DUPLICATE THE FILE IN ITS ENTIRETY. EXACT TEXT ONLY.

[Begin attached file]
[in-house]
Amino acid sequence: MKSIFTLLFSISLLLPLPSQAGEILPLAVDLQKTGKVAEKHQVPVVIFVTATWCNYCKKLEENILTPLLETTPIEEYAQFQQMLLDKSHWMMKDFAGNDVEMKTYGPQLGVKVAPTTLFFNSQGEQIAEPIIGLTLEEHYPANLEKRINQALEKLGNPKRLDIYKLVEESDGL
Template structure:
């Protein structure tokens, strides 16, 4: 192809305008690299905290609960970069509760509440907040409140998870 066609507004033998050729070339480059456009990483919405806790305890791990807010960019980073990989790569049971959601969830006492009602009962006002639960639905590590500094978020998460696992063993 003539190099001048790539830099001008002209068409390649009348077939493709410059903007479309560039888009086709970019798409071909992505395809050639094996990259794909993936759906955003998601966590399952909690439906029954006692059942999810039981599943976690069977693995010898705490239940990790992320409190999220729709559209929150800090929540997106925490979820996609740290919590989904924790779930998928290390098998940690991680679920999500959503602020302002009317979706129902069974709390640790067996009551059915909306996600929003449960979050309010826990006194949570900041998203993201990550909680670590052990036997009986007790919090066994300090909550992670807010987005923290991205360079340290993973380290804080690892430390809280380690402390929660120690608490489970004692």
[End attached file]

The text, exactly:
[in-house]
Amino acid sequence: MKSIFTLLFSISLLLPLPSQAGEILPLAVDLQKTGKVAEKHQVPVVIFVTATWCNYCKKLEENILTPLLETTPIEEYAQFQQMLLDKSHWMMKDFAGNDVEMKTYGPQLGVKVAPTTLFFNSQGEQIAEPIIGLTLEEHYPANLEKRINQALEKLGNPKRLDIYKLVEESDGL
Template structure:
């Protein structure tokens, strides 16, 4: 192809305008690299905290609960970069509760509440907040409140998870 066609507004033998050729070339480059456009990483919405806790305890791990807010960019980073990989790569049971959601969830006492009602009962006002639960639905590590500094978020998460696992063993 003539190099001048790539830099001008002209068409390649009348077939493709410059903007479309560039888009086709970019798409071909992505395809050639094996990259794909993936759906955003998601966590399952909690439906029954006692059942999810039981599943976690069977693995010898705490239940990790992320409190999220729709559209929150800090929540997106925490979820996609740290919590989904924790779930998928290390098998940690991680679920999500959503602020302002009317979706129902069974709390640790067996009551059915909306996600929003449960979050309010826990006194949570900041998203993201990550909680670590052990036997009986007790919090066994300090909550992670807010987005923290991205360079340290993973380290804080690892430390809280380690402390929660120690608490489970004692």